For extra difficult fabrics, or if I fancy using one of the long shuttle machines for their feel and rhythm, I use cylindrical transverse shuttle and vibrating shuttle machines. These machines are my ultimate weapon against uncooperative materials. They never skip stitches and can sew on uneven thicknesses such as when going over a (very) thick seam or when the material is much thicker on one side of the needle than on the other (e.g., when top-stitching) – this is where most other machines require compensating feet.

1914 Bernhard Stoewer’s Serata VS2. Set up for medium to light fabrics at the moment but comes with a second needle plate for heavier fabrics. This is a very fine generic machine capable of sewing pretty much anything out there. It can sew a flexible stitch for jersey, but with a different setting, so I choose not to do it. Currently used for fabrics with up to 20% stretch, both low and high density. Also good for light leather and suede.

This machine works very well with fine needles, something that many machines struggle with when using standard thread. Normally you’re supposed to use extra fine thread with fine needles, but such thread is less common and not always easy to find. In most cases regular thread is good enough for the fine fabric, but not for the fine needles, so you end up using thicker needles and sometimes damaging the fabric. This is why machines that can sew with fine needles and regular thread are so valuable, and Serata is one of them. Adler 87 is the other. ๐Ÿ˜Š

1908 Jones Medium CS “Queen Alexandra”. Set up for heavy duty work – it has great punching power – went through a 1mm thick flat steel bone when I was edging a corset. Never mind sewing leather – we can sew steel! ๐Ÿ˜ฏ And yet it can also sew fine cotton lawn with the same setup and the same perfect stitch. I use it for high density materials such as upholstery, denim, tough leather, or for multi-layer garments that need a strong stitch through all the layers, using thick needles and heavy bonded nylon thread.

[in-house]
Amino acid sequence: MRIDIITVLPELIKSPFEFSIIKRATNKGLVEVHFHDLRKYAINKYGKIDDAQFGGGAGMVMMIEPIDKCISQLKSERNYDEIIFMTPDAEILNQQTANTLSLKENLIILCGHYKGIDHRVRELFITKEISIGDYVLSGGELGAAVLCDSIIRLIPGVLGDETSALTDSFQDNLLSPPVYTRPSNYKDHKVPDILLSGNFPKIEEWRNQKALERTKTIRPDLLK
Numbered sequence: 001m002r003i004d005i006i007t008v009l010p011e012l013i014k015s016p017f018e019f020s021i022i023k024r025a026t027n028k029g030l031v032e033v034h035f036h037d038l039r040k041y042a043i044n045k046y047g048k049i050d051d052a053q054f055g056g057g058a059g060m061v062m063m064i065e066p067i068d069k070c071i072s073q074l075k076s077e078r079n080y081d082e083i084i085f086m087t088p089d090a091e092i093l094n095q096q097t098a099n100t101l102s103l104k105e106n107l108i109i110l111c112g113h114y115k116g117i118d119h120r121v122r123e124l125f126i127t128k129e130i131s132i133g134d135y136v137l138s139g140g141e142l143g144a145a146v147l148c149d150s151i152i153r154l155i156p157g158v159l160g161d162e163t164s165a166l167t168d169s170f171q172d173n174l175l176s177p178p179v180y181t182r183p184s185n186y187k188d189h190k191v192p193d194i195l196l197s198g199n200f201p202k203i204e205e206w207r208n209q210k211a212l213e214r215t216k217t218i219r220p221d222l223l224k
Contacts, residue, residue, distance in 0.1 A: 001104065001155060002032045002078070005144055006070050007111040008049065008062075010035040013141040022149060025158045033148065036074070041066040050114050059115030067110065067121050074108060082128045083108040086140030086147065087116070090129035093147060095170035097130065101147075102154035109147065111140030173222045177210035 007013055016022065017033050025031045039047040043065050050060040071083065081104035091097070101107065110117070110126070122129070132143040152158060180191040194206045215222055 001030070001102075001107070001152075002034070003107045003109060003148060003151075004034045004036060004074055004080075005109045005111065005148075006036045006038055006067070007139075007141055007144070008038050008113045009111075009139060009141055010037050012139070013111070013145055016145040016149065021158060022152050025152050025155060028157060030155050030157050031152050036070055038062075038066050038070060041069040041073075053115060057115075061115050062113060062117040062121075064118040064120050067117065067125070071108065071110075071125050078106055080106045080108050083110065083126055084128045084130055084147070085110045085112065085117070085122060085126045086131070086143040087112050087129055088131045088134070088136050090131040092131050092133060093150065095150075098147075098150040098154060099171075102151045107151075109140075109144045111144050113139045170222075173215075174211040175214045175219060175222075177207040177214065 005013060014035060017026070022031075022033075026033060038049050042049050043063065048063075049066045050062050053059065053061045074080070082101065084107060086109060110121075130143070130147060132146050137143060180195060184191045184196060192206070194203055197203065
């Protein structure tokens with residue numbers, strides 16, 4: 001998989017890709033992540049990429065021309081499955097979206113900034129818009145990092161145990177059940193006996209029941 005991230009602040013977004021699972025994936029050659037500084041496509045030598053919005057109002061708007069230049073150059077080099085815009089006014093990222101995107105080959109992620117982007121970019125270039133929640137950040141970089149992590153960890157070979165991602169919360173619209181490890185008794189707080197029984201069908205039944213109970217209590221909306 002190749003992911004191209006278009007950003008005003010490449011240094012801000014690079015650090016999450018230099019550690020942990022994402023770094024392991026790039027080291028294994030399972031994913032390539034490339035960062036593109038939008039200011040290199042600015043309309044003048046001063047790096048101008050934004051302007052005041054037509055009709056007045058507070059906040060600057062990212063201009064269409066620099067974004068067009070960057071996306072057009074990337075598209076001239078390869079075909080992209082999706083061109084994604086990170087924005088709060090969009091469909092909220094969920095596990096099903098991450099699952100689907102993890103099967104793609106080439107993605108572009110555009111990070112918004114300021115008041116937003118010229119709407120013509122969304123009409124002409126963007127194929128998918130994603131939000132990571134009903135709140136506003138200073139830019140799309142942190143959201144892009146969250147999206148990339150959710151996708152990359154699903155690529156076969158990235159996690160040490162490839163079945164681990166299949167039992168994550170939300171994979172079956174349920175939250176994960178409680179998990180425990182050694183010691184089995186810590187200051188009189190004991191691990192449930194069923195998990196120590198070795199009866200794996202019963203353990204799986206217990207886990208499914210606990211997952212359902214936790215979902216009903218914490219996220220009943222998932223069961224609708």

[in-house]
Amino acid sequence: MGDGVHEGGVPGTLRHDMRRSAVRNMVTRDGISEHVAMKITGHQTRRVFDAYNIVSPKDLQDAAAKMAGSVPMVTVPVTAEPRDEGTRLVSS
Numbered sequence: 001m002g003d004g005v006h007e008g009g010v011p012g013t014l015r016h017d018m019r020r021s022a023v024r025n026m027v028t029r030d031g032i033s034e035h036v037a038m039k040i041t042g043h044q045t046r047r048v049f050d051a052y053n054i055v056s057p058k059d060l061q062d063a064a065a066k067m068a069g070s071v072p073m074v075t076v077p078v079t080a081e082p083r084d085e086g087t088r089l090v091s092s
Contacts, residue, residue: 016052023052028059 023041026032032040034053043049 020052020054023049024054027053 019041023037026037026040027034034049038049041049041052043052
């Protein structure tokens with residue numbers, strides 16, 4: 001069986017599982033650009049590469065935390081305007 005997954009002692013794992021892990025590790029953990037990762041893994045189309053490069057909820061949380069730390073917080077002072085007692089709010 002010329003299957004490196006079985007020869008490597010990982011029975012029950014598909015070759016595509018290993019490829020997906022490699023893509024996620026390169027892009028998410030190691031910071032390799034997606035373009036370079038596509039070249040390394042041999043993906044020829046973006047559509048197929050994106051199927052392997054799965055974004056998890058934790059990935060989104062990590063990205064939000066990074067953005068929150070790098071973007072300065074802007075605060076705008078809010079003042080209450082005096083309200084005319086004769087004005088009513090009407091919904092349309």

1910 Clemens Mรผller’s Veritas VS2. Set up for sewing jersey with extra low tension. Gives 40%-50% stretch depending on the fabric.

1902 Singer 48K cylindrical TS. Old style spring-driven feed is exceptionally gentle, so ideal for particularly delicate fabrics such as loosely woven chiffon and finest habitue silk (silk, not polyester), but also great for free hand embroidery and quilting. It gives 60% stretch on the finest jersey, too.

This machine is housed in its old style wooden base because it doesn’t fit into a modern case – it’s a different size. I have two ways of using it in the main area: I can either place it over the machine hole (the wooden base is bigger than the hole), or I can use put it to the left of the main machine, which is what I tend to do, now that I have the room.